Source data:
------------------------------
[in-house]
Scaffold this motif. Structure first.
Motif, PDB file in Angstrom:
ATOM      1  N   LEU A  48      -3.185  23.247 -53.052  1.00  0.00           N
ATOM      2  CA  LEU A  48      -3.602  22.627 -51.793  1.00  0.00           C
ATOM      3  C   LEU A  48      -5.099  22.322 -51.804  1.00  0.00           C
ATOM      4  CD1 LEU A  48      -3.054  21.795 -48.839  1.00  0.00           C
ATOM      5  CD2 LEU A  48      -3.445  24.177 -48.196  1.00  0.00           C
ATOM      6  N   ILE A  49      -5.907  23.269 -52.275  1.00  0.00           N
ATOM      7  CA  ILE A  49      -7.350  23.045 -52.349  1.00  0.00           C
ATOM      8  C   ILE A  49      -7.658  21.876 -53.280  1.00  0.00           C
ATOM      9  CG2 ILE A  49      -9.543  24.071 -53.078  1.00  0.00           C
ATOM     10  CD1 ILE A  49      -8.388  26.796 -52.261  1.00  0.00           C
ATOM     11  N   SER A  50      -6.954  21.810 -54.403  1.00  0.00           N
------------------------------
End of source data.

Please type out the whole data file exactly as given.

[in-house]
Scaffold this motif. Structure first.
Motif, PDB file in Angstrom:
ATOM      1  N   LEU A  48      -3.185  23.247 -53.052  1.00  0.00           N
ATOM      2  CA  LEU A  48      -3.602  22.627 -51.793  1.00  0.00           C
ATOM      3  C   LEU A  48      -5.099  22.322 -51.804  1.00  0.00           C
ATOM      4  CD1 LEU A  48      -3.054  21.795 -48.839  1.00  0.00           C
ATOM      5  CD2 LEU A  48      -3.445  24.177 -48.196  1.00  0.00           C
ATOM      6  N   ILE A  49      -5.907  23.269 -52.275  1.00  0.00           N
ATOM      7  CA  ILE A  49      -7.350  23.045 -52.349  1.00  0.00           C
ATOM      8  C   ILE A  49      -7.658  21.876 -53.280  1.00  0.00           C
ATOM      9  CG2 ILE A  49      -9.543  24.071 -53.078  1.00  0.00           C
ATOM     10  CD1 ILE A  49      -8.388  26.796 -52.261  1.00  0.00           C
ATOM     11  N   SER A  50      -6.954  21.810 -54.403  1.00  0.00           N